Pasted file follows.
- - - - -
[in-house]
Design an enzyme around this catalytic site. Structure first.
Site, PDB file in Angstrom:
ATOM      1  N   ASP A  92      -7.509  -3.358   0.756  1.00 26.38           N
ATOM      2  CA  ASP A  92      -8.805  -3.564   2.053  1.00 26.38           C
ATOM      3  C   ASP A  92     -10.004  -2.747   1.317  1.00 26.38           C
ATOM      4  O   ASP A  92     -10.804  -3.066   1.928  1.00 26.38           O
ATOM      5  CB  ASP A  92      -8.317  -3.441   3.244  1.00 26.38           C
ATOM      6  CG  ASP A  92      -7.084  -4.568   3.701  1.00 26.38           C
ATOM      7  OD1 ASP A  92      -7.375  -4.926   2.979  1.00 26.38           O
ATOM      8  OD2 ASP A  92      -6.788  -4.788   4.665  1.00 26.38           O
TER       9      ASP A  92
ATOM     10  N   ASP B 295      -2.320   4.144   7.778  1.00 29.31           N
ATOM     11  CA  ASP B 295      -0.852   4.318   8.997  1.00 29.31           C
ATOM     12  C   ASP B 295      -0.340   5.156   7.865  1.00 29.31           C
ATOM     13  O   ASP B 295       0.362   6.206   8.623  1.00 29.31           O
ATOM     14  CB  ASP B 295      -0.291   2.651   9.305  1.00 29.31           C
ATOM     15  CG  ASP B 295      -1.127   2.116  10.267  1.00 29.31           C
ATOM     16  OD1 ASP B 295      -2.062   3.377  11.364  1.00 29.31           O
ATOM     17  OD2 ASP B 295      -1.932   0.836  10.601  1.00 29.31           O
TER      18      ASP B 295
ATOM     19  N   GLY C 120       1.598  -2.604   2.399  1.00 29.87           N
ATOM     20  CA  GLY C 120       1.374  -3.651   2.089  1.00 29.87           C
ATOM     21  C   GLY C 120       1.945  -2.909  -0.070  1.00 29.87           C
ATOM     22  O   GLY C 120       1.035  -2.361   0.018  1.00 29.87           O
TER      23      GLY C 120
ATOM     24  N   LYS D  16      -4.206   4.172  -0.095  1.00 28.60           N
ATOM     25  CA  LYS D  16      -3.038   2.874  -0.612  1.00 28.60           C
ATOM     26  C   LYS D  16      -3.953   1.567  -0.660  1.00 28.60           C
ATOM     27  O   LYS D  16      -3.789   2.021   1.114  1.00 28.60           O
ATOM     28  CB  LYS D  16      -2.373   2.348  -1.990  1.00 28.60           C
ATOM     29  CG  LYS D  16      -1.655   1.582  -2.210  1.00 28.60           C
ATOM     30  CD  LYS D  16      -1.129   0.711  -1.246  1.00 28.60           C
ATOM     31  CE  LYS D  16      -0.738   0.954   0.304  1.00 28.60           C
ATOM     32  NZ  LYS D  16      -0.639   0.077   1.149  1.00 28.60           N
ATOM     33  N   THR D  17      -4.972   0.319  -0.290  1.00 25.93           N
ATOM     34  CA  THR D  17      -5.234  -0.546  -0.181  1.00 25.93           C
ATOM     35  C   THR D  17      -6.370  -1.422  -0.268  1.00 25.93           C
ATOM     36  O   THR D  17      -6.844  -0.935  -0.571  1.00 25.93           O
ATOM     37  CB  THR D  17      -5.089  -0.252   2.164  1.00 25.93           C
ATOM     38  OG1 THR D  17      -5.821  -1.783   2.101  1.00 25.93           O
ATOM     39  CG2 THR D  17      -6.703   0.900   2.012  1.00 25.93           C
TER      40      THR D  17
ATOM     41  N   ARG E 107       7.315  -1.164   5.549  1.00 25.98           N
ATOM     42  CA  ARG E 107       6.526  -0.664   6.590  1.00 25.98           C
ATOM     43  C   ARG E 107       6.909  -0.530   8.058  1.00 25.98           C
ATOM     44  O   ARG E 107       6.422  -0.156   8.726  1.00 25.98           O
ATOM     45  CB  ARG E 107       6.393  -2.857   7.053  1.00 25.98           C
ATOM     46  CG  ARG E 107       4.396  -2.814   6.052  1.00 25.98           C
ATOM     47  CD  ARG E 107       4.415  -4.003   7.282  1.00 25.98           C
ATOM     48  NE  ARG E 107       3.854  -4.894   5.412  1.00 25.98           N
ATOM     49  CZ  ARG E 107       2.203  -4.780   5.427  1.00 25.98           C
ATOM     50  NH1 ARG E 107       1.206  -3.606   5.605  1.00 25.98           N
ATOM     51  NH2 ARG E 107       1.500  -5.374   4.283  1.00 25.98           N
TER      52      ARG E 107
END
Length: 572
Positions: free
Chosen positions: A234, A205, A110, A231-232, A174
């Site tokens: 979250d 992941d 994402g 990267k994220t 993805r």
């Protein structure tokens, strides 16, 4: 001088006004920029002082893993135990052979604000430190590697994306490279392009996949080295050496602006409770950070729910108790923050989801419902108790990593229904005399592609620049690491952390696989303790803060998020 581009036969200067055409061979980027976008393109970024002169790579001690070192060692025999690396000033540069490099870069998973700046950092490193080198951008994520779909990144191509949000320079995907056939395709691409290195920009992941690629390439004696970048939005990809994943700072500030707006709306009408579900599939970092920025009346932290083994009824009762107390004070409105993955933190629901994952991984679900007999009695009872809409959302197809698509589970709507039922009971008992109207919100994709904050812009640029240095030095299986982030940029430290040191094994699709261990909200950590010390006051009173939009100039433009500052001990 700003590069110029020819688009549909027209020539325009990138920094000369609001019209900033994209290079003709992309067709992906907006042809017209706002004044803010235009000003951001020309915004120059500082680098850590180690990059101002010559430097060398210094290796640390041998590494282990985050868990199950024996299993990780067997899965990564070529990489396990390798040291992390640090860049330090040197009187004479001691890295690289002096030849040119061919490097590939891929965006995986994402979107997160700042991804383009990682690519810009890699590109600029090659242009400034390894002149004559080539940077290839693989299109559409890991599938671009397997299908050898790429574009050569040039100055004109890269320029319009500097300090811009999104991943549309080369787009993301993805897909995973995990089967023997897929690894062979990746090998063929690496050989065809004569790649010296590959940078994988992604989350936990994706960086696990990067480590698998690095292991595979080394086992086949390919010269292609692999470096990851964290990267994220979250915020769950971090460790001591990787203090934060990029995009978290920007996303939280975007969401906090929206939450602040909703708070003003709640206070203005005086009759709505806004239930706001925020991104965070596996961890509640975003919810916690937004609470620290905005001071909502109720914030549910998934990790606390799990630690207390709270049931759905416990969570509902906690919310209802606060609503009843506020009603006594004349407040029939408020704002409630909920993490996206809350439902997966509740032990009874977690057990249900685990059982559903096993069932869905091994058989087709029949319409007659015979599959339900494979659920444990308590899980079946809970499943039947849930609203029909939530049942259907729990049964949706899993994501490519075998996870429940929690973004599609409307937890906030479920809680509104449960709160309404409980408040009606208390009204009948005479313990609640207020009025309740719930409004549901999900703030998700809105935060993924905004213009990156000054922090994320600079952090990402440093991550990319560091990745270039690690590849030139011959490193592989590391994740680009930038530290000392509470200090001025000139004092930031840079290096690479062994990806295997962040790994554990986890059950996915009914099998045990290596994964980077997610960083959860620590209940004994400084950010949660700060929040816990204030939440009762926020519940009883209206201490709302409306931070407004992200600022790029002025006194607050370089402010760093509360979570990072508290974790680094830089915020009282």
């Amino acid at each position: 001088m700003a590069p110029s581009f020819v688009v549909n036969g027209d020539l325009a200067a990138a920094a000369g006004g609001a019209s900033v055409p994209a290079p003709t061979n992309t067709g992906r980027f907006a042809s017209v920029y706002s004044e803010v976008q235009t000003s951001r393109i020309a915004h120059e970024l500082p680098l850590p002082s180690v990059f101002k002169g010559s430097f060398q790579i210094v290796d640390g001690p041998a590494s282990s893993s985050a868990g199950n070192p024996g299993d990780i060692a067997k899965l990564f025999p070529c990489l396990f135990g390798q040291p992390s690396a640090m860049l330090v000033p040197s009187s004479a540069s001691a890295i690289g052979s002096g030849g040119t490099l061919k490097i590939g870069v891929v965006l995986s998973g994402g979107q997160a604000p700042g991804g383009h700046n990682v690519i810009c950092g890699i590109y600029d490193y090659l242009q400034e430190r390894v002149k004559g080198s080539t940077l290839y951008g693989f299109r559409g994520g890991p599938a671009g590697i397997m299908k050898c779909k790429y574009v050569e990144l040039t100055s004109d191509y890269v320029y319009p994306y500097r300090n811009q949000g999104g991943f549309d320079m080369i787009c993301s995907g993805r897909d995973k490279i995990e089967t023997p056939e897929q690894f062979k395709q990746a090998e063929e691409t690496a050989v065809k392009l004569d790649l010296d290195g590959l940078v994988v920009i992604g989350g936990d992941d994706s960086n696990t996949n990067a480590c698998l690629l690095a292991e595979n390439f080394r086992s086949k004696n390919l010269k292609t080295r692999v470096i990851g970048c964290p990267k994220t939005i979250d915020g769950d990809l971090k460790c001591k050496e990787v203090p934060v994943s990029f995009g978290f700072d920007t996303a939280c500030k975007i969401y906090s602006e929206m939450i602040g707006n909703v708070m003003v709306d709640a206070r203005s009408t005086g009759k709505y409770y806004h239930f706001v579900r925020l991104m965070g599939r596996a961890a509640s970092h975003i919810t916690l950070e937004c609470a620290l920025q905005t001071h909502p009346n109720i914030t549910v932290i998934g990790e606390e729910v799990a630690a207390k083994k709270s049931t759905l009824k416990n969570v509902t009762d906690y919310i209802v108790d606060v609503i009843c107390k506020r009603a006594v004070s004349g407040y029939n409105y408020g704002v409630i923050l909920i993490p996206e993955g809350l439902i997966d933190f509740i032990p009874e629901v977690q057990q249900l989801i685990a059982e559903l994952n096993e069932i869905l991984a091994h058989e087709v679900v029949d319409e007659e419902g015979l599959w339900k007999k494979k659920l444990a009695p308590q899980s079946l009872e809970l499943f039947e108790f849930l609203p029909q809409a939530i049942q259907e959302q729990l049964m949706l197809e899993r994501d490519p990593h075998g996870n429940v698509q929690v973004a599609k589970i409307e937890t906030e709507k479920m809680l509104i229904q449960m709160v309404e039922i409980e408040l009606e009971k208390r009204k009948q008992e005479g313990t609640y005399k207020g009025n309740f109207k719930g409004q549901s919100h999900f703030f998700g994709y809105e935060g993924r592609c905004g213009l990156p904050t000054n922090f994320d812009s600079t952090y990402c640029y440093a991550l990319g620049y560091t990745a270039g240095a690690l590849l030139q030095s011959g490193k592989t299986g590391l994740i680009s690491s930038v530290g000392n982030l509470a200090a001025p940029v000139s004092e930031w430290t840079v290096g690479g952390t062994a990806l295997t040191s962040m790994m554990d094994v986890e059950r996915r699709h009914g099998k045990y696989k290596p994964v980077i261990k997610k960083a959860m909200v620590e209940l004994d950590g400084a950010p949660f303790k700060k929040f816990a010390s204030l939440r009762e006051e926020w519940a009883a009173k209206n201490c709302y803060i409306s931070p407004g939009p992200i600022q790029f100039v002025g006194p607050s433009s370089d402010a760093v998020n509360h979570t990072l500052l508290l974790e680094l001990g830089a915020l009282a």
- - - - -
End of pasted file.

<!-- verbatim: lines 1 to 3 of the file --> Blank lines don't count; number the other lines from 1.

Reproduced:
[in-house]
Design an enzyme around this catalytic site. Structure first.
Site, PDB file in Angstrom: